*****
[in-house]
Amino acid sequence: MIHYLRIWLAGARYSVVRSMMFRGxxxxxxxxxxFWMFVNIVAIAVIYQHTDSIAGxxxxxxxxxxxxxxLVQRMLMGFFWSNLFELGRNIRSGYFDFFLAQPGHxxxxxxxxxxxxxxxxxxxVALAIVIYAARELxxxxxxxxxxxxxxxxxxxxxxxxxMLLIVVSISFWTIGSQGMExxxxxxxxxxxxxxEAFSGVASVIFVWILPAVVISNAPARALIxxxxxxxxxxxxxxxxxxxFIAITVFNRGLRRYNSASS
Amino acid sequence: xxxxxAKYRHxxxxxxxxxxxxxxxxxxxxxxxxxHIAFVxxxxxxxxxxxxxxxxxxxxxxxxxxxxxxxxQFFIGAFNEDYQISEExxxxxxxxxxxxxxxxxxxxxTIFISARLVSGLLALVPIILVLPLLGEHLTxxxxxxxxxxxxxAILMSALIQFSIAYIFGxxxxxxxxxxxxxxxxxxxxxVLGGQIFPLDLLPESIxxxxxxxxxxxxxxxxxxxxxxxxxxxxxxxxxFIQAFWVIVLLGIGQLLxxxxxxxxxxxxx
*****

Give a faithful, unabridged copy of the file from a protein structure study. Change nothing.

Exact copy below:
[in-house]
Amino acid sequence: MIHYLRIWLAGARYSVVRSMMFRGxxxxxxxxxxFWMFVNIVAIAVIYQHTDSIAGxxxxxxxxxxxxxxLVQRMLMGFFWSNLFELGRNIRSGYFDFFLAQPGHxxxxxxxxxxxxxxxxxxxVALAIVIYAARELxxxxxxxxxxxxxxxxxxxxxxxxxMLLIVVSISFWTIGSQGMExxxxxxxxxxxxxxEAFSGVASVIFVWILPAVVISNAPARALIxxxxxxxxxxxxxxxxxxxFIAITVFNRGLRRYNSASS
Amino acid sequence: xxxxxAKYRHxxxxxxxxxxxxxxxxxxxxxxxxxHIAFVxxxxxxxxxxxxxxxxxxxxxxxxxxxxxxxxQFFIGAFNEDYQISEExxxxxxxxxxxxxxxxxxxxxTIFISARLVSGLLALVPIILVLPLLGEHLTxxxxxxxxxxxxxAILMSALIQFSIAYIFGxxxxxxxxxxxxxxxxxxxxxVLGGQIFPLDLLPESIxxxxxxxxxxxxxxxxxxxxxxxxxxxxxxxxxFIQAFWVIVLLGIGQLLxxxxxxxxxxxxx